20. 20. fordebaserdigitalKeep it Simple, Stupid. The idea may be an old one, butit still rings true today. At times the simplest of ideas canunlock the biggest returns.
  21. 21. LLEARNINGis forharriet russellpen & ink, collage, digital“Life moves pretty fast, if you don’t stop and look aroundsometimes, you might miss it.” - Ferris Bueller
  22. 22. MMOBILEis fordavid welkerscratchboardThis is where most consumers engage with the Internet andthis number will continue to grow as more and more devicesbecome Internet aware. Stay on your feet.
  23. 23. NNARRATIVEis fornomocowatercolorNo matter how much the media landscape shifts andchanges, and no matter what the current platform may be,the narrative still connects the consumer to the message.
  24. 24. OOPEN SOURCEis foradam hayespen & inkThis notion should extend past software and code culture.Your process and your whole methodology should be lookedat as open source. Share and share alike.
  25. 25. PPLATFORM PRODUCTS PROGRAMSis forrod huntdigitalCampaigns are inherently built with limited life spans. They aremeant to serve as short term engagements. Platforms, products,and programs tend to live a longer, healthier life by nature.
  26. 26. QQUESTIONSis foram i collectivedigitalYou should be asking these of everyone every single day. Hereis one for you: Did you learn anything from reading this book?
  27. 27. RREAL TIMEis forradiodigitalWhen an event or function is processed instantaneously, itis said to occur in real time. Your creative process needs towork in this same way. It is also something to consider whenplanning for your audience to interact with your work.
  28. 28. SSOCIALis forjeff nishinakapaper sculptureBroadcasting nowadays includes some help from theaudience. Successful work, if embraced by the public willnaturally be amplified by those that consume it.
  29. 29. TTACTILEis forcraig wardpaper sculptureDigital work should lure the user in. Create work that peoplewant to engage with. Understand the platform and makesomething that does more than sell a product. Sell theaudience an experience, no matter how large or small.Always ask yourself, “Would I spend time with this?”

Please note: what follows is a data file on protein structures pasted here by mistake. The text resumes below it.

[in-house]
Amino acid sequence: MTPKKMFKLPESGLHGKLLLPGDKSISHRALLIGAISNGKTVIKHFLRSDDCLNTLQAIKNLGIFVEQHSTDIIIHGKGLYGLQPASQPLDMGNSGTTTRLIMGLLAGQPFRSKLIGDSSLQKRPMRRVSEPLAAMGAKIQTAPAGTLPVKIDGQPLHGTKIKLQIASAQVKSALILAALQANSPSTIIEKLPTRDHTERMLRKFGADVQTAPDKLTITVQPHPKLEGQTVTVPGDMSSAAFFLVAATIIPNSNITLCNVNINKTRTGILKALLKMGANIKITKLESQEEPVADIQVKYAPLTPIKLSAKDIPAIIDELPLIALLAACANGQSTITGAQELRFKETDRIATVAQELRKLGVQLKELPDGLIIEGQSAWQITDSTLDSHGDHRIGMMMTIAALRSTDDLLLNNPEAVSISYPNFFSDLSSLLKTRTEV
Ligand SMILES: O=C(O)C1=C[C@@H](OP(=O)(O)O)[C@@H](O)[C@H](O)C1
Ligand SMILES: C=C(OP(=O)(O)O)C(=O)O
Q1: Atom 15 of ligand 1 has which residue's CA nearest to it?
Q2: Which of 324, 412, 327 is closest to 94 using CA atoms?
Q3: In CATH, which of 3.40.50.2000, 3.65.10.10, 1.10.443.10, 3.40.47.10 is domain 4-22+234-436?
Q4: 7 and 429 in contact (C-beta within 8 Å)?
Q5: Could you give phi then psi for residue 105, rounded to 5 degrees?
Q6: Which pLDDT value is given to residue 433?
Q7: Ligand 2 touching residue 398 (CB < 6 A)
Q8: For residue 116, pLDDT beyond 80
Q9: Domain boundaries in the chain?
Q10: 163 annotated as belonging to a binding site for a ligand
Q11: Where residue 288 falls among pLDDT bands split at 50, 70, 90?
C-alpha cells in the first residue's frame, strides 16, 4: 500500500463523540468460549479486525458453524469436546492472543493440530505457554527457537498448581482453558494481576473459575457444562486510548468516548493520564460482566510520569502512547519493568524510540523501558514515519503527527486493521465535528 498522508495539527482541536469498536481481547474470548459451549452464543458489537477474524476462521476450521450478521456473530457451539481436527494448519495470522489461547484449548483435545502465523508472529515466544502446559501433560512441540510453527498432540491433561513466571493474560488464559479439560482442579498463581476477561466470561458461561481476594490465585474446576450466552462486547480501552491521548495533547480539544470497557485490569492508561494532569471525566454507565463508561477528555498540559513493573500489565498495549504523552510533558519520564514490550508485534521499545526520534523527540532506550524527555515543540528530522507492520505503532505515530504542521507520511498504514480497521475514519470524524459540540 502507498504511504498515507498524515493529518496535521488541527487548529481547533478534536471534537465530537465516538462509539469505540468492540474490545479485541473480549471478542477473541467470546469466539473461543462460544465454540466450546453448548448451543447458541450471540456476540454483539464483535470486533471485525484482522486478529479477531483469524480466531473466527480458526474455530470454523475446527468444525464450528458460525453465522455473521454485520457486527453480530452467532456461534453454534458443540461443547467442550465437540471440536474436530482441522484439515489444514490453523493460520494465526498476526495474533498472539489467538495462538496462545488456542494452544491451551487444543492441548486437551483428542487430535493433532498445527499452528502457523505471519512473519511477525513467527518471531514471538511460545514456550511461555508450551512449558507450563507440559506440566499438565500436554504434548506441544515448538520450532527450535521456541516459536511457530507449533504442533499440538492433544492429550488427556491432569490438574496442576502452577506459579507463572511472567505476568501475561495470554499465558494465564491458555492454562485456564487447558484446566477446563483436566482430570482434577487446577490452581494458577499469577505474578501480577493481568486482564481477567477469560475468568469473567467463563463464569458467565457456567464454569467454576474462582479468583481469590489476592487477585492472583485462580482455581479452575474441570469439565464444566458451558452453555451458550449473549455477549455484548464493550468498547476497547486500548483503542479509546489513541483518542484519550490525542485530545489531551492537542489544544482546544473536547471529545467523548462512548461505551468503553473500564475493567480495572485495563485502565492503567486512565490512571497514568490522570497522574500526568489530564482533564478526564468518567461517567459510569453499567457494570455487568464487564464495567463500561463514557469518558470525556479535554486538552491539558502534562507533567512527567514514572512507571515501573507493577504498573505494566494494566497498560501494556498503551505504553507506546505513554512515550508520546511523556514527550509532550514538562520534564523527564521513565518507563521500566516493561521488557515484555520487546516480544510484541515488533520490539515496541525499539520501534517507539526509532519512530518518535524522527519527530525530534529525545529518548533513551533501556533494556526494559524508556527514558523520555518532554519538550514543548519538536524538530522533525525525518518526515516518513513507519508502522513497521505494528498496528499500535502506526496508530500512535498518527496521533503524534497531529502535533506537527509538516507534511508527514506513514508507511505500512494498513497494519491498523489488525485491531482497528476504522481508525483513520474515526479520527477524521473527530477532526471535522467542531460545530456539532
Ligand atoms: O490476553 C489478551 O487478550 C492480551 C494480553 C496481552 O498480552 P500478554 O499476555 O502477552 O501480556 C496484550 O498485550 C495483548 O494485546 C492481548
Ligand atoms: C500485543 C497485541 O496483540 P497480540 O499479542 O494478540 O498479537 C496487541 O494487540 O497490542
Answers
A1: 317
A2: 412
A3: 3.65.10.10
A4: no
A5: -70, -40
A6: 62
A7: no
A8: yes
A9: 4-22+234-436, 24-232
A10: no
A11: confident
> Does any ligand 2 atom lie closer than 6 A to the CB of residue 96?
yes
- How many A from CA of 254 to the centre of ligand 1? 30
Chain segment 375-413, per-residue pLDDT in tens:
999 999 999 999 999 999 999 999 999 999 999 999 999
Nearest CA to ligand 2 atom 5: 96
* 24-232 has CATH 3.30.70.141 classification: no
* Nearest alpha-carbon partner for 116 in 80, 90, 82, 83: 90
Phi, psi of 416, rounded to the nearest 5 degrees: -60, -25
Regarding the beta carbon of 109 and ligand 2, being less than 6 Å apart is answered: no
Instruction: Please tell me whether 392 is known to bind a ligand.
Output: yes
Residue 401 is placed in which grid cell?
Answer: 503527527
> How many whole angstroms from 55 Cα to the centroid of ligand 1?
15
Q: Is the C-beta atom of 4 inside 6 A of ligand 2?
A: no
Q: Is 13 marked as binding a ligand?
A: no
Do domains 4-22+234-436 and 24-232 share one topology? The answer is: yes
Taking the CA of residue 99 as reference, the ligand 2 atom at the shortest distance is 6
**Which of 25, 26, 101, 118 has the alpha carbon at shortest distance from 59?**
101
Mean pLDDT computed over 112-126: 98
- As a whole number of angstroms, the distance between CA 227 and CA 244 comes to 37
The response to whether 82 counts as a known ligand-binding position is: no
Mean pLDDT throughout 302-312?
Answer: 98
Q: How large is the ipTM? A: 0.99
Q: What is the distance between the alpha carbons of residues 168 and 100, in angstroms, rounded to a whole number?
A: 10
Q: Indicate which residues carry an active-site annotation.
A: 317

30. 30. UUSER EXPERIENCEis forcarbon studiodigitalRemember who your work is being crafted to reach.Be conscious of how they will encounter, engage, andconsume your project. Then design that experienceaccordingly. UX is often the invisible layer of design.
  31. 31. VVERSATILEis forpale horsedigitalBe nimble. Never pitch the same idea twice. Continue toinnovate in the way you think and continue to innovate inthe way you approach problems. Keeping on the notionof versatility, make sure your ideas are versatile enoughto coexist across all media platforms. Fragmentation is athing of the past.
  32. 32. WWONDERis forvasavadigitalCreativity relies on wonder. It gives the audience the abilityto associate themselves with your work. It opens the doors toimagination, and creates the connection between the ideaand the consumer.
  33. 33. XXMLis fornathan foxdigital inks and colorExtensible Markup Language. What is important about XMLis that it is a language that both humans and machinesunderstand. Be sure your creative ideas are as flexibleas this language, as most brand platforms need to beunderstood by both humans and computers alike.
  34. 34. YYOUis foryuko shimizupen & ink, digitalIt is up to you as a contemporary creative to explore newavenues. It is up to you to learn every day. The medialandscape as we all know is in constant flux. New technologieslaunch themselves into the world everyday, find a way toaggregate a personal news feed, and keep learning.
  35. 35. ZZEITGEISTis forshotopoppen & ink, digitalBe a spirit of the times. Immerse yourself in all thingscontemporary. This will give you a wider lens to look throughwhen conceptualizing creative. Stay in the now.
  36. 36. agents:Howard Bernstein, Louisa St. Pierre, Francine RosenfeldMatthew LeBaron, Aaron Barr, Dan Ouyangdesigned by shotopopbernstein & andriulli58 West 40th Street, NYC 10018BA-REPS.COMINFO@BA-REPS.COM+1 212 682 1490TWITTER.COM/BAREPSBAREPS.TUMBLR.COM© 2013 bernstein & andriulli inc.The entire contents of this book are the copyright of Bernstein & Andriulli Inc &Universalscene. In addition, the copyright of the individual illustrations herein remain withthe artist or client unless otherwise shown. No part of this book may be reproduced, inwhole or in part, in any form whether mechanical or electronic or stored or in a retrievalsystem without prior written permission from the copyright holder.written by tim nolan